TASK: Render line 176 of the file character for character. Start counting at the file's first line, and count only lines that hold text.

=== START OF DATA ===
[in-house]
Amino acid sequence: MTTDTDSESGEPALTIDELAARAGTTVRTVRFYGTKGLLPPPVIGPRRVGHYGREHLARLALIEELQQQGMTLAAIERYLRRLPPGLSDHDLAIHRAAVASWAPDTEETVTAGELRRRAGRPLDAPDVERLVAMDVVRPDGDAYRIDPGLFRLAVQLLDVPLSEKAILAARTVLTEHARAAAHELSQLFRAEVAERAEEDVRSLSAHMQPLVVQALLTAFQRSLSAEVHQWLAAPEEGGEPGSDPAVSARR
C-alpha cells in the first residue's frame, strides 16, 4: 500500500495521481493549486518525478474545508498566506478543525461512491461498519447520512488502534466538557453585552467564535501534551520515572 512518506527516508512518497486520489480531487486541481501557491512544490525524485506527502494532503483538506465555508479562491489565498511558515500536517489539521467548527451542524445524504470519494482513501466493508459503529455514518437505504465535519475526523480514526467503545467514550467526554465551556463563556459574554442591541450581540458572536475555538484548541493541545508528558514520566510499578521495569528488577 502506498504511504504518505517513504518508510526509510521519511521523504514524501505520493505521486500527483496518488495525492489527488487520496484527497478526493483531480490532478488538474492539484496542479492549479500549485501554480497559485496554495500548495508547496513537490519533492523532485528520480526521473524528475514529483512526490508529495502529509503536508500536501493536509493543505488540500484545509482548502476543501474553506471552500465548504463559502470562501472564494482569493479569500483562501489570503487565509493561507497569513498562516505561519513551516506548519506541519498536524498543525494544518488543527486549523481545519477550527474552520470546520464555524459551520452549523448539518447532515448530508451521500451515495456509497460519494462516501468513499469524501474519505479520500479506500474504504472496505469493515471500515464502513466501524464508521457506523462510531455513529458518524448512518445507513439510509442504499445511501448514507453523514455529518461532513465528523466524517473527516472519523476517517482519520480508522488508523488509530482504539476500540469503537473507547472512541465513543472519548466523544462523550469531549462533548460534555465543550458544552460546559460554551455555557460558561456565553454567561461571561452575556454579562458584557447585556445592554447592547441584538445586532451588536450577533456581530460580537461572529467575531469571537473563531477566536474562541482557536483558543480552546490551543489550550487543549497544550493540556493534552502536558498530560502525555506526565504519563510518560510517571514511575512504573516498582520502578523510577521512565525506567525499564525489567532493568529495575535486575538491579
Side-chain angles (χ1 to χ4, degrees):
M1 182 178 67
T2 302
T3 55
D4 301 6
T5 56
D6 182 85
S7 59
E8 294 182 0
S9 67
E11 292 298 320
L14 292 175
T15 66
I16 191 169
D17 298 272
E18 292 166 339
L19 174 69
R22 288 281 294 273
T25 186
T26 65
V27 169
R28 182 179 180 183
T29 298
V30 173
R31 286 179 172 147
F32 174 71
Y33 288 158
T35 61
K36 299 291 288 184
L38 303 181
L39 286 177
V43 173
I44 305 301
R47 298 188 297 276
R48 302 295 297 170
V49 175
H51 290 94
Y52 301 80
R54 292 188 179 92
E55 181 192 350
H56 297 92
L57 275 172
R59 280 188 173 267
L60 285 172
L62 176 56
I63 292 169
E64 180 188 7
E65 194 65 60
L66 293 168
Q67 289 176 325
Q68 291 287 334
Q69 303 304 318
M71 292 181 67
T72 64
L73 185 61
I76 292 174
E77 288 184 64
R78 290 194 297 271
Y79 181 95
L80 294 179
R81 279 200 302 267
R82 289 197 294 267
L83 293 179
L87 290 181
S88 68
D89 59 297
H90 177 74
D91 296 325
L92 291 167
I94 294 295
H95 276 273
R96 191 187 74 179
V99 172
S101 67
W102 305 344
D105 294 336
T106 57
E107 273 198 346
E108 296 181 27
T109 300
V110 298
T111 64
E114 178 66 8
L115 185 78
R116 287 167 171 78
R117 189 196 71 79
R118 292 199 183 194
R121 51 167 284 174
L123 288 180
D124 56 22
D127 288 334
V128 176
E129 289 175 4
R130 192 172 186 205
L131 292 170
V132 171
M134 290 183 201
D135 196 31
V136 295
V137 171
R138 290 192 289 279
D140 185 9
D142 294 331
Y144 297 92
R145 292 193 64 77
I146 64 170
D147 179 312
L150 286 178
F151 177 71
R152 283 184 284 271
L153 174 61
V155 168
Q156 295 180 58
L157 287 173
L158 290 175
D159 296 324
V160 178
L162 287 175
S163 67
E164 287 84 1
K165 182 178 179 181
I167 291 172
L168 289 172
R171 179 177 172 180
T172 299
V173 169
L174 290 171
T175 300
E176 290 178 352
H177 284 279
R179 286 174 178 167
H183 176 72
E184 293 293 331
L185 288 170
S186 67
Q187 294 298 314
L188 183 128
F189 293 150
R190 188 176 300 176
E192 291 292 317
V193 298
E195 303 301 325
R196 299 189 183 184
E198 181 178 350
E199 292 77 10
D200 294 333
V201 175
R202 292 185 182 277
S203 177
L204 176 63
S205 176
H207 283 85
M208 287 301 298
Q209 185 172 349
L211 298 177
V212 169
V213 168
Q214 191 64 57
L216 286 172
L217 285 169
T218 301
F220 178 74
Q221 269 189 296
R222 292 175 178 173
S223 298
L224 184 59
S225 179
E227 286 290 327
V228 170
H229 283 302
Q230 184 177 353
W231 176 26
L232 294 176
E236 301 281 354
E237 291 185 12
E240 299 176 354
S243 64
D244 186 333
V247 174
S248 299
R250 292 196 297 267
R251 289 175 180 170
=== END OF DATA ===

L232 294 176